Chicago Fire Department officials on Thursday night released a statement confirming that CFD Deputy Commissioner John McNicholas failed a sobriety test after a crash early Wednesday.

“The investigation thus far has found that McNicholas was operating his city vehicle outside of department policy, and that following a mandatory breathalyzer test that morning, McNicholas was driving under the influence of alcohol,” CFD spokesman Larry Langford said in a statement. “Yesterday, McNicholas opted to resign his position as Deputy Fire Commissioner and has since agreed to full separation from the fire department.”

Langford confirmed McNicholas also was issued a citation from police for negligent driving.

But sources tell the Chicago Sun-Times that McNicholas is unlikely to be charged with driving under the influence because the test was not administered by police responding to the crash. McNicholas was instead administered the test by the internal affairs division of the fire department … and police are not allowed to use a fire department test because it is measured on a different standard.

Chicago Police spokesman Anthony Guglielmi on Thursday confirmed that McNicholas was ticketed for negligent driving, but he said the investigation remains open. He did not comment on whether police administered the field sobriety test and said he could not comment on any pending charges.

Police said initially that no citations or charges had been issued just after the crash, but police and fire officials were conducting a joint and active investigation.

McNicholas tendered his resignation to department Commissioner Jose A. Santiago on Wednesday and is “fully cooperative with the Internal Affairs Division,” Langford said.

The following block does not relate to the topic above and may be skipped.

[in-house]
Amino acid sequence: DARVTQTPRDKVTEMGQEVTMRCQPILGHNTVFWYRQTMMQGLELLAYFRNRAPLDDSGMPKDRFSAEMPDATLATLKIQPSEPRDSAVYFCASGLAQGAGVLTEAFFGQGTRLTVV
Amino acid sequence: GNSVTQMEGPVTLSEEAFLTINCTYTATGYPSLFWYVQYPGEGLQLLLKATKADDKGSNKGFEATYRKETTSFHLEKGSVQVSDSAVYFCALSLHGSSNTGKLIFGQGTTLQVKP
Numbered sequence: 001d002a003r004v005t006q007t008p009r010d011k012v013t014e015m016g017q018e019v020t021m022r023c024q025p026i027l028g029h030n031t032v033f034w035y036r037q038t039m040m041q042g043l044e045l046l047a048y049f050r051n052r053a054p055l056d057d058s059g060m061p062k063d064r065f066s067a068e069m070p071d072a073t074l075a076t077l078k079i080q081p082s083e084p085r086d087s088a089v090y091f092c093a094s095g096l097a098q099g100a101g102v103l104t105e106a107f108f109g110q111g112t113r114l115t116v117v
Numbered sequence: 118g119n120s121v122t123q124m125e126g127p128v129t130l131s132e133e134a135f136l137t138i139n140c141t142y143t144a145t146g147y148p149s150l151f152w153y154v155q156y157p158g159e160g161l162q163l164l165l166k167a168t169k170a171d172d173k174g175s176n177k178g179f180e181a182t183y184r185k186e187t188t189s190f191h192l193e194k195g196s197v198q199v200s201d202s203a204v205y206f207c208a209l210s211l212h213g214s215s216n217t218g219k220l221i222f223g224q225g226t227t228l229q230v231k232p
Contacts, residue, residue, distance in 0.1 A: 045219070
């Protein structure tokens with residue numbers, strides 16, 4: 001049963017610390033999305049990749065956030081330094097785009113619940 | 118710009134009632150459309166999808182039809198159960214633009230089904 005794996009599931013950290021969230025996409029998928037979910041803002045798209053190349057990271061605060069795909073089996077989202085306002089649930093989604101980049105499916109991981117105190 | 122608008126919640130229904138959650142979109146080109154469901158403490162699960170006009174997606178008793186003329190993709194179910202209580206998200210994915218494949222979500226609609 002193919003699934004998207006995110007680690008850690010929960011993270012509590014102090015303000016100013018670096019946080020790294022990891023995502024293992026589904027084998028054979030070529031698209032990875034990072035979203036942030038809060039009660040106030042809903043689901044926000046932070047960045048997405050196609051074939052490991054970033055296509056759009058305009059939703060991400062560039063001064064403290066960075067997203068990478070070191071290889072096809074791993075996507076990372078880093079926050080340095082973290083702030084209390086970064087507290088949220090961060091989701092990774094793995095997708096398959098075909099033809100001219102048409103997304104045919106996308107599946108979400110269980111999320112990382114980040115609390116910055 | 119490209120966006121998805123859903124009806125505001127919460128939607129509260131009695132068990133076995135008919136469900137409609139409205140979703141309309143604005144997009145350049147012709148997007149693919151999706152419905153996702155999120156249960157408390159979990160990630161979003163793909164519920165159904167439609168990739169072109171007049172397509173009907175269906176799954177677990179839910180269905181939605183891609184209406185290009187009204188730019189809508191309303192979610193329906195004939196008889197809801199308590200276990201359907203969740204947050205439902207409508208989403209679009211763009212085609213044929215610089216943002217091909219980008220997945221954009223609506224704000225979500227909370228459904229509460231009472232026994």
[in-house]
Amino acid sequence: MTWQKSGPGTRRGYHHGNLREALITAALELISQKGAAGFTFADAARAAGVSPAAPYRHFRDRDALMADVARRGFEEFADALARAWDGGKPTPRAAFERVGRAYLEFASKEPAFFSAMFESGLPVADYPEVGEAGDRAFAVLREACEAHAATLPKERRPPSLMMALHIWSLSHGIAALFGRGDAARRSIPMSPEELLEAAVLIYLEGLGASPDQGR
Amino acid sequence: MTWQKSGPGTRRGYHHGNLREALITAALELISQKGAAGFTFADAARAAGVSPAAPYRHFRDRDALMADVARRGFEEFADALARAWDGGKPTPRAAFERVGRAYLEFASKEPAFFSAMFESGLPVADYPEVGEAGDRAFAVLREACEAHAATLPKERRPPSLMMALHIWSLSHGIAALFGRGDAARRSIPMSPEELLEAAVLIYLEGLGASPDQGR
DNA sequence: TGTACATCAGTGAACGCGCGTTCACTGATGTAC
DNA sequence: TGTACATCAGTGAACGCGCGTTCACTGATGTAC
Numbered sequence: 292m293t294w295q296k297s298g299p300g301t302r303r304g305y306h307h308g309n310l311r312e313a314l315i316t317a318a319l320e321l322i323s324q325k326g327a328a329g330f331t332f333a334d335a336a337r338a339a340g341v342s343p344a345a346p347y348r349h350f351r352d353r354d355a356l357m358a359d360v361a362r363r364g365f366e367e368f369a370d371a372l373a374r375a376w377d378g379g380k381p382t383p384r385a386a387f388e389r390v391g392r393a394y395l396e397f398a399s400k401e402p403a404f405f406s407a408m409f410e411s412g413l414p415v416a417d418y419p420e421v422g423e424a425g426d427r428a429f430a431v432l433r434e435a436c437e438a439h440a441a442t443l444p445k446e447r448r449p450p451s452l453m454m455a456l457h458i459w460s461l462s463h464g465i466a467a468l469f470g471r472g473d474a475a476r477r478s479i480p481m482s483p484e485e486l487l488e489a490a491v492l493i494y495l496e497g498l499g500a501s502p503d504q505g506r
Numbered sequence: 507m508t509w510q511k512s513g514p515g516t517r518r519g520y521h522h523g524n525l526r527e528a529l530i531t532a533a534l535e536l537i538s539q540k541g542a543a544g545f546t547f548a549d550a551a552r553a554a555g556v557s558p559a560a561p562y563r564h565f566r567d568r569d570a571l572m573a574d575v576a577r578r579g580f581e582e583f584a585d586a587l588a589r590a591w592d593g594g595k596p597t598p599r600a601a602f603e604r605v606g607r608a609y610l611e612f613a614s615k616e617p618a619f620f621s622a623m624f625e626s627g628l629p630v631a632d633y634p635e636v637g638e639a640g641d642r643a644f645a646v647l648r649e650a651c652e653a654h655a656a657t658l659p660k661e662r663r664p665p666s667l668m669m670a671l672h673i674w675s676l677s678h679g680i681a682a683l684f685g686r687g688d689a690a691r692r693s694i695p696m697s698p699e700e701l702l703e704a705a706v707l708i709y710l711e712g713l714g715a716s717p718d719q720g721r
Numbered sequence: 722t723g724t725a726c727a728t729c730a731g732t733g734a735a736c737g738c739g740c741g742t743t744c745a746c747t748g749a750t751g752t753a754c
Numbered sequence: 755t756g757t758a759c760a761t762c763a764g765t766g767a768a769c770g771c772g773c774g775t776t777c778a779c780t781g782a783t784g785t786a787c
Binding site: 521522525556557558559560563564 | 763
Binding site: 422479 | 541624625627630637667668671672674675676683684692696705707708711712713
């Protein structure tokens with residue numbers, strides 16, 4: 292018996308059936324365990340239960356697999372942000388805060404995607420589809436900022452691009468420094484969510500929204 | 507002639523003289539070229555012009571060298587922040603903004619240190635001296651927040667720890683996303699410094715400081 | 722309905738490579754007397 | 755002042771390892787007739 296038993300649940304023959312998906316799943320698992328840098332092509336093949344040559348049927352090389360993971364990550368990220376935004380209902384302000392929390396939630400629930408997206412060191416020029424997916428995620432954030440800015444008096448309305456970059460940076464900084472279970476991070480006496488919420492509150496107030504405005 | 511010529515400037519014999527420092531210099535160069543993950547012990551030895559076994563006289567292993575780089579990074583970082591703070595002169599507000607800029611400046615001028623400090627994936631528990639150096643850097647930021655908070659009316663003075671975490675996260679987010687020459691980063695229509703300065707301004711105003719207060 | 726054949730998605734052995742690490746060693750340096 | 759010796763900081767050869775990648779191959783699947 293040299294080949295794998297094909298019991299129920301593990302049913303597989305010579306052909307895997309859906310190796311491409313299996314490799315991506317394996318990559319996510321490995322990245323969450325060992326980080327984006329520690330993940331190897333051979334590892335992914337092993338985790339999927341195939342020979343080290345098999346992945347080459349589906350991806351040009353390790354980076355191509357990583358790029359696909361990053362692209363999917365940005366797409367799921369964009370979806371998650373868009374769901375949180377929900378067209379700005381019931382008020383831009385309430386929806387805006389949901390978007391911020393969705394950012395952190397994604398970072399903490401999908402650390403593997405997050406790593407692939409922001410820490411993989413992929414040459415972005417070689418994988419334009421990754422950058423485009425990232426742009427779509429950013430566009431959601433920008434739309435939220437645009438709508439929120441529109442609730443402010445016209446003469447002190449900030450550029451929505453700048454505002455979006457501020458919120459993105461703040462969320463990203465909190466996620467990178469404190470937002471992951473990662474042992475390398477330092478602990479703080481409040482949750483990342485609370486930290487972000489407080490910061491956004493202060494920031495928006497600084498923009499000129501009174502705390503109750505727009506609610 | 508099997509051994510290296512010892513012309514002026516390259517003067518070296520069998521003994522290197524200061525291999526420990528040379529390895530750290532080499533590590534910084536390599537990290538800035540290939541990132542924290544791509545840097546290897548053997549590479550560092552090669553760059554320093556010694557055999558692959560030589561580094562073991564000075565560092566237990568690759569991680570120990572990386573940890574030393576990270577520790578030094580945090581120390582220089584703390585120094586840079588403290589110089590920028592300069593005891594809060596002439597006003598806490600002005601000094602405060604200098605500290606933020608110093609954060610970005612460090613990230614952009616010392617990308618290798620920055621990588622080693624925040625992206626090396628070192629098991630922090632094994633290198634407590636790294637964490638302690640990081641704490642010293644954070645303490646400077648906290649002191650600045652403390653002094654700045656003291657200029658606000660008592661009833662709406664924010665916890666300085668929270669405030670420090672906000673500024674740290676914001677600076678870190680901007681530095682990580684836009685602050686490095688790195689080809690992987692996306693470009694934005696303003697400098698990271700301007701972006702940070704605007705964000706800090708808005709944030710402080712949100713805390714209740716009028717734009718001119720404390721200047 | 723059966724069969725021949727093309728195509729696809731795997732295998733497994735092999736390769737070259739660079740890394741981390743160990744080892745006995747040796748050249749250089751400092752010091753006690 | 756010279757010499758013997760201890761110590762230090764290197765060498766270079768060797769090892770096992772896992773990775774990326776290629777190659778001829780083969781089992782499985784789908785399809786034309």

According to the fire department’s last chance policy, which is in their contract, anyone caught for an alcohol or drug offense can be placed on a type of probation where they are tested randomly for alcohol or drugs for a year. If they test negative during that period, their probation is lifted.

McNicholas will not be given that opportunity, sources said. But McNicholas will still receive a pension for his 36-year career with the fire department.

thanks Dan

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New engines for the Tri-State FPD (more)

This from Josh Boyajian:

I attended a wet down ceremony for Tri-State’s new Engine 521 on Monday. It will be running out of Station 2 as a jump company with the tower ladder. The new engine is in full service. They are planning on putting the new 511 in service sometime next week.

new fire engine for the Tri-State FPD

Josh Boyajian photo

wet down ceremony for new fire engine

Josh Boyajian photo

wet down ceremony for new fire engine

Josh Boyajian photo

wet down ceremony for new fire engine

Josh Boyajian photo

Tri-State FPD firefighters

Josh Boyajian photo